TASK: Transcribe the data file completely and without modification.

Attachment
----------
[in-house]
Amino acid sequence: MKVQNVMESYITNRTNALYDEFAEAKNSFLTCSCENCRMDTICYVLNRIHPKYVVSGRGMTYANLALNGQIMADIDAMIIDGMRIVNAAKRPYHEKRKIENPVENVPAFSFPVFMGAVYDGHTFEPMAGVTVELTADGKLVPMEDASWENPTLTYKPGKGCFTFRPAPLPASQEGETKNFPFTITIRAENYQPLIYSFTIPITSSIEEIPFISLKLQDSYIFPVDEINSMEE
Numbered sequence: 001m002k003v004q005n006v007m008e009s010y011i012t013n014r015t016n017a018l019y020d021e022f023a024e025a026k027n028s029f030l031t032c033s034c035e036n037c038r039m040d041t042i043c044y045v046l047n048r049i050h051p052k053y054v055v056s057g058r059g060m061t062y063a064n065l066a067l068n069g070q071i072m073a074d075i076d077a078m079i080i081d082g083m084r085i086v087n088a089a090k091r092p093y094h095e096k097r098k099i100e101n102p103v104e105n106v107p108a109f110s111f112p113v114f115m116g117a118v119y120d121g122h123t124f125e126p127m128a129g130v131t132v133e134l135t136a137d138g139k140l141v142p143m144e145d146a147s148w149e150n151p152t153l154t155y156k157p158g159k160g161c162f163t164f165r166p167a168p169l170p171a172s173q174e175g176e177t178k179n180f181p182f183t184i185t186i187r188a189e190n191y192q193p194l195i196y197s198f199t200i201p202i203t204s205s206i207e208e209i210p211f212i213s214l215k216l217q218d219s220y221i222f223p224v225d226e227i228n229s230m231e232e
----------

[in-house]
Amino acid sequence: MKVQNVMESYITNRTNALYDEFAEAKNSFLTCSCENCRMDTICYVLNRIHPKYVVSGRGMTYANLALNGQIMADIDAMIIDGMRIVNAAKRPYHEKRKIENPVENVPAFSFPVFMGAVYDGHTFEPMAGVTVELTADGKLVPMEDASWENPTLTYKPGKGCFTFRPAPLPASQEGETKNFPFTITIRAENYQPLIYSFTIPITSSIEEIPFISLKLQDSYIFPVDEINSMEE
Numbered sequence: 001m002k003v004q005n006v007m008e009s010y011i012t013n014r015t016n017a018l019y020d021e022f023a024e025a026k027n028s029f030l031t032c033s034c035e036n037c038r039m040d041t042i043c044y045v046l047n048r049i050h051p052k053y054v055v056s057g058r059g060m061t062y063a064n065l066a067l068n069g070q071i072m073a074d075i076d077a078m079i080i081d082g083m084r085i086v087n088a089a090k091r092p093y094h095e096k097r098k099i100e101n102p103v104e105n106v107p108a109f110s111f112p113v114f115m116g117a118v119y120d121g122h123t124f125e126p127m128a129g130v131t132v133e134l135t136a137d138g139k140l141v142p143m144e145d146a147s148w149e150n151p152t153l154t155y156k157p158g159k160g161c162f163t164f165r166p167a168p169l170p171a172s173q174e175g176e177t178k179n180f181p182f183t184i185t186i187r188a189e190n191y192q193p194l195i196y197s198f199t200i201p202i203t204s205s206i207e208e209i210p211f212i213s214l215k216l217q218d219s220y221i222f223p224v225d226e227i228n229s230m231e232e